Jan 27, 12
Read in January, 2012
The storyline of this book can be summarized in a few sentences : when the new drama teacher at the local high school starts rehearsing "Lysistrata", the old greek comedy about how the Trojan women withheld sex from their warrior husbands in order to gain peace, a cold wind of sexlessness starts floating through the New Jersey suburb. WOmen and girls simply don't want to have sex, or intimacy, with their men any more. This applies to everyone, from old ladies to teenagers just discovering desire. The tension in the town mounts... until the night of the performance, when the curse is reversed, and everyone falls into their partner's arms again, begging forgiveness. Sexual attitudes are adjusted, and the drama teacher leaves town, her mission accomplished.
This book has a touch of magic-realism in it that I associate more with Latin American novels. The description of the curse moving through town, touching one couple after another, was well done, and was a move away from the realism of Meg Wolitzer's other novels. It was actually a bit of a disappointment that in the final chapter, it is revealed that the drama teacher knew all along that this was going to happen, yet is not a witch or a sorceress or a bruja.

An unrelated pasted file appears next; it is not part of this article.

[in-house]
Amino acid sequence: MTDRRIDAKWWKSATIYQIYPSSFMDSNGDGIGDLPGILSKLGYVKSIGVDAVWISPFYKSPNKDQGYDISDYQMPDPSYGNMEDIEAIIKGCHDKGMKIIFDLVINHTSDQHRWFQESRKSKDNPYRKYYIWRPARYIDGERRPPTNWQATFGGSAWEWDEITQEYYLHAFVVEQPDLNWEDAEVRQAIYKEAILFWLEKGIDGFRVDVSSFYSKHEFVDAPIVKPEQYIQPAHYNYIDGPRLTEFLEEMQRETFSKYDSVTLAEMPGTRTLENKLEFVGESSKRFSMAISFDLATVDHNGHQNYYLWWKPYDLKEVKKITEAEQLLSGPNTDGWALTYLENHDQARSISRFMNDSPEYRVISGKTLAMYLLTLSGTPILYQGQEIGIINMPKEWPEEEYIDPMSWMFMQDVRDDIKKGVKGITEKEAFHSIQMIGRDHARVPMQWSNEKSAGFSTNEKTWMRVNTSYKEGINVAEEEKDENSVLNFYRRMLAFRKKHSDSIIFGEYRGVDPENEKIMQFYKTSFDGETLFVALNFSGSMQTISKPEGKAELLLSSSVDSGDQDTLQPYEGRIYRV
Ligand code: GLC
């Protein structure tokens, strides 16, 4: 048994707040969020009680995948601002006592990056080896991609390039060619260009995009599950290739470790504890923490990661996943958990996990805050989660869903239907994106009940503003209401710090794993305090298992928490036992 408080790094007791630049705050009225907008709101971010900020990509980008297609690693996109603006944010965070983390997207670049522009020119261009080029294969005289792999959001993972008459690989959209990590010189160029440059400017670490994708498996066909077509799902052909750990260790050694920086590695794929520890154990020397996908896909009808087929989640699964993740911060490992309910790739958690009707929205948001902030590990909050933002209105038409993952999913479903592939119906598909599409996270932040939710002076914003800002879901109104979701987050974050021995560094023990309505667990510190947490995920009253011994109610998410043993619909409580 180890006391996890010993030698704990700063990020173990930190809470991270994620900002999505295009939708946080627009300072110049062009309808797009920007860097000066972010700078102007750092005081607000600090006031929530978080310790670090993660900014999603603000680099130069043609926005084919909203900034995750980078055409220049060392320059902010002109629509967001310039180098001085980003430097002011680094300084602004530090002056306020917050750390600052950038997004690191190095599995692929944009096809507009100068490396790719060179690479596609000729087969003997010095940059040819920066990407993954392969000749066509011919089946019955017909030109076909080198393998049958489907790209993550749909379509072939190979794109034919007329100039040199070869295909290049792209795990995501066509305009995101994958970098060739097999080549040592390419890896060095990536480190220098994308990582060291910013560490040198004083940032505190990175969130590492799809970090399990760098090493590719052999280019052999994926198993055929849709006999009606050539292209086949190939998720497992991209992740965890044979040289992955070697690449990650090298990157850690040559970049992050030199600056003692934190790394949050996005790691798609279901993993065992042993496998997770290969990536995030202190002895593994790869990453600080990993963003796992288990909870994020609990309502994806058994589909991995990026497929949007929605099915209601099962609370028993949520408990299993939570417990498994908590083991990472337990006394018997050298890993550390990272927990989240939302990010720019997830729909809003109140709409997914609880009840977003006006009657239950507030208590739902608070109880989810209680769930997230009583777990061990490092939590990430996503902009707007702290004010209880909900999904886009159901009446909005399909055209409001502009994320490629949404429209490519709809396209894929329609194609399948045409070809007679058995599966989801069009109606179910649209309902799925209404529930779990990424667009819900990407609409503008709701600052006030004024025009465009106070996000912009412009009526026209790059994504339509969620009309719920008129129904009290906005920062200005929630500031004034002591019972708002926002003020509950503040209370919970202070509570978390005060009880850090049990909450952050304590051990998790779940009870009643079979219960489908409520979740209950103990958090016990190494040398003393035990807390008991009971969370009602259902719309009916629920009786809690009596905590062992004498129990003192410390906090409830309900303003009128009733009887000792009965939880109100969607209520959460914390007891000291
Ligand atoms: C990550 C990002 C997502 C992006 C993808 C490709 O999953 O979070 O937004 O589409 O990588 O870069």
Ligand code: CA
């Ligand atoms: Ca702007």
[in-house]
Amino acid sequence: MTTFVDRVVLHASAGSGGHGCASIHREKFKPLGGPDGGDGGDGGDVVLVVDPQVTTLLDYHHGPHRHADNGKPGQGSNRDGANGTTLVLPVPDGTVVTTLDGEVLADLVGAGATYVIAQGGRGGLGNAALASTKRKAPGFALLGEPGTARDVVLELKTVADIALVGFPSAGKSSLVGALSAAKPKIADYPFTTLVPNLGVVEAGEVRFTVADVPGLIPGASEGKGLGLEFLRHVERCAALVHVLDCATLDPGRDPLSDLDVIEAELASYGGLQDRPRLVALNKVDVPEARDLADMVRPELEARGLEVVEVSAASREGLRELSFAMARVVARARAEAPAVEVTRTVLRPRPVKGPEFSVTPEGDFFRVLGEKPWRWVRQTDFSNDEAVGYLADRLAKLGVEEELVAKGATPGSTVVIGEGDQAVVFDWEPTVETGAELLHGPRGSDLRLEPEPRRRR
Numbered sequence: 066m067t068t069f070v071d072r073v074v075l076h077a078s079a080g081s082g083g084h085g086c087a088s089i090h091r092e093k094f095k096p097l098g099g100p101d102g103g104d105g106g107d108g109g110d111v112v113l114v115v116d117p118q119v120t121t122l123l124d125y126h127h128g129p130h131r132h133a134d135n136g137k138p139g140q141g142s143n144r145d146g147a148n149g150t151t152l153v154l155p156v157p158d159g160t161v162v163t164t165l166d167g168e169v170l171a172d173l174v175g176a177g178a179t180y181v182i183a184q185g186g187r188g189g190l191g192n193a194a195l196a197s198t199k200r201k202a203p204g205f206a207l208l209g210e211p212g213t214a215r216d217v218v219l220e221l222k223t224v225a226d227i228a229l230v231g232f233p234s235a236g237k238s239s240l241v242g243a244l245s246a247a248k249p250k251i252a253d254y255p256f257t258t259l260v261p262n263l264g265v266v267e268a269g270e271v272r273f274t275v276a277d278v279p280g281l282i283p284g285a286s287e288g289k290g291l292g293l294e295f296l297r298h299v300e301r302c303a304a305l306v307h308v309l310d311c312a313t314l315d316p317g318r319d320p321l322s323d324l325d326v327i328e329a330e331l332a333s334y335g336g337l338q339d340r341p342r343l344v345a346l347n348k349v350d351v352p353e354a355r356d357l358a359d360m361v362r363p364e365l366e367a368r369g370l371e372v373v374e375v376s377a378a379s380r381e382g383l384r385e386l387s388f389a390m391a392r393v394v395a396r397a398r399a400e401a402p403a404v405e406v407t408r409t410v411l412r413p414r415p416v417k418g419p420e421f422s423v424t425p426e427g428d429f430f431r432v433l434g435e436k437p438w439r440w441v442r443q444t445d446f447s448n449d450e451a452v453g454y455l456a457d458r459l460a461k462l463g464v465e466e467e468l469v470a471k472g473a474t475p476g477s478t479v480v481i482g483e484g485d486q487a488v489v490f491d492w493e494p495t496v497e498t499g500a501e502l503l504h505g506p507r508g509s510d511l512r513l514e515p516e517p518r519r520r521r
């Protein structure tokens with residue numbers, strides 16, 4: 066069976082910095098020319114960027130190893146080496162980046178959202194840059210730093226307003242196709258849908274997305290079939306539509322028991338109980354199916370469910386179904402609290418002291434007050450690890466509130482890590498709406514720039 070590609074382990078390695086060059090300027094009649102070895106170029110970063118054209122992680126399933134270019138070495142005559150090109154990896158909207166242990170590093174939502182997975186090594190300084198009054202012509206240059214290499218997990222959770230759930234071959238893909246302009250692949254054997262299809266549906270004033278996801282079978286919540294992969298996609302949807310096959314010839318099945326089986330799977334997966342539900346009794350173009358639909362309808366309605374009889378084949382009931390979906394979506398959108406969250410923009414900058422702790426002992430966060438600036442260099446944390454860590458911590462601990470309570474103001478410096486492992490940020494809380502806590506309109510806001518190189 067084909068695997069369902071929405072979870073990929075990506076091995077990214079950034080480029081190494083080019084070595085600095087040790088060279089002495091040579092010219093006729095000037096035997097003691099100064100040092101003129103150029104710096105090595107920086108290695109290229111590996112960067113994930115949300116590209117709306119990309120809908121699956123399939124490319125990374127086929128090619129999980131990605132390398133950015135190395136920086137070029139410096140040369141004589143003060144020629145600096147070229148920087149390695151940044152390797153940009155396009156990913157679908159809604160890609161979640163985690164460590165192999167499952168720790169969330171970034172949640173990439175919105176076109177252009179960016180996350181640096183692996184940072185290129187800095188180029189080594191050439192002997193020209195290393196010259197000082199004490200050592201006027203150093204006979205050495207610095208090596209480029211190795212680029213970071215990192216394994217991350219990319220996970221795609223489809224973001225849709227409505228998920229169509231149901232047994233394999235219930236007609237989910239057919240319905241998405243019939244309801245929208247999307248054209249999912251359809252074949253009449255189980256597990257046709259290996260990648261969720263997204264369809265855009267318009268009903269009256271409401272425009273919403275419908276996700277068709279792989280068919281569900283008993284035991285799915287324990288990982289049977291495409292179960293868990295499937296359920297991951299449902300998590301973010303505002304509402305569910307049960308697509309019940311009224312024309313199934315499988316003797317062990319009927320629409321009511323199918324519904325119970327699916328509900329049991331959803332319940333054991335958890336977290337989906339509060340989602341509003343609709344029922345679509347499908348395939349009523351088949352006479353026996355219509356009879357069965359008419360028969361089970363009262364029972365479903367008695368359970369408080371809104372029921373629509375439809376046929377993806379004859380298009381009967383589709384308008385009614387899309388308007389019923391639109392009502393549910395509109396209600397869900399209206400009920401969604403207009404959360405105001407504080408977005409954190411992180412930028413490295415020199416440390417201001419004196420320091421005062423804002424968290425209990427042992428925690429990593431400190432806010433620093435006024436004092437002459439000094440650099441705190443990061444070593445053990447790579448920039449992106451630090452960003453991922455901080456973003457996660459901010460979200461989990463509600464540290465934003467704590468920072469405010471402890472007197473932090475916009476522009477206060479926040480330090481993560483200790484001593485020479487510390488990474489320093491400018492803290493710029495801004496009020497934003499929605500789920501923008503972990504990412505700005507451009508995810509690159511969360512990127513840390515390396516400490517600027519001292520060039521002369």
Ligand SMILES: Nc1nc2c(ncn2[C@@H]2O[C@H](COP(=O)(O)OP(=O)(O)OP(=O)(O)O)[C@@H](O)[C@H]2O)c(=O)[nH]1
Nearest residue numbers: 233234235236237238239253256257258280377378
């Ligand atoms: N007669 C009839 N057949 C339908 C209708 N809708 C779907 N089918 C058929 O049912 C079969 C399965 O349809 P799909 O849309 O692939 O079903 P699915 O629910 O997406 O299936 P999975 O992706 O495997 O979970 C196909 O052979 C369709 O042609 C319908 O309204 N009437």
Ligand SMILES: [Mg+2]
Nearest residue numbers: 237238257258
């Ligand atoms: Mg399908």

The best parts of the book, for me, were the descriptions of the relationships between the couples. Some of it was too sloppy - it sounded like every middle-aged couple had been deliriously happy with their sex lives in the early days of their relationships. But especially the teenage couples were well described : the sudden discovery of desire, the supreme absorption in each other, the heartbreak. I was struck by the way the author knows how teenagers express themselves, whether it's by spraypainting graffiti on an overpass or choosing a new avatar for a SecondLife-type website. Some of the other couples did not ring quite so true. Overweight guidance counselor Bev and her hedge fund manager husband are a strange match - it didn't ring true to me. The lovesick school principal was a little over the top. The main characters, a couple of middle-aged English teachers, could have done with more drawing out - at some point it seemed that all Dory did was bemoan her former happiness. On the other hand, I totally "got" Ruth, the gym teacher who loves to come home to a household full of testosterone (one husband, three young sons) - until one day she can't bear to be touched any more, feeling like a "computer screen with a thousand fingerprints".
The overall theme of the book is hardly original : routine is the enemy of romance. Meg Wolitzer has managed to bring a fresh take on this old theme, in a book that, despite a few weaknesses, is overall very enjoyable and well written.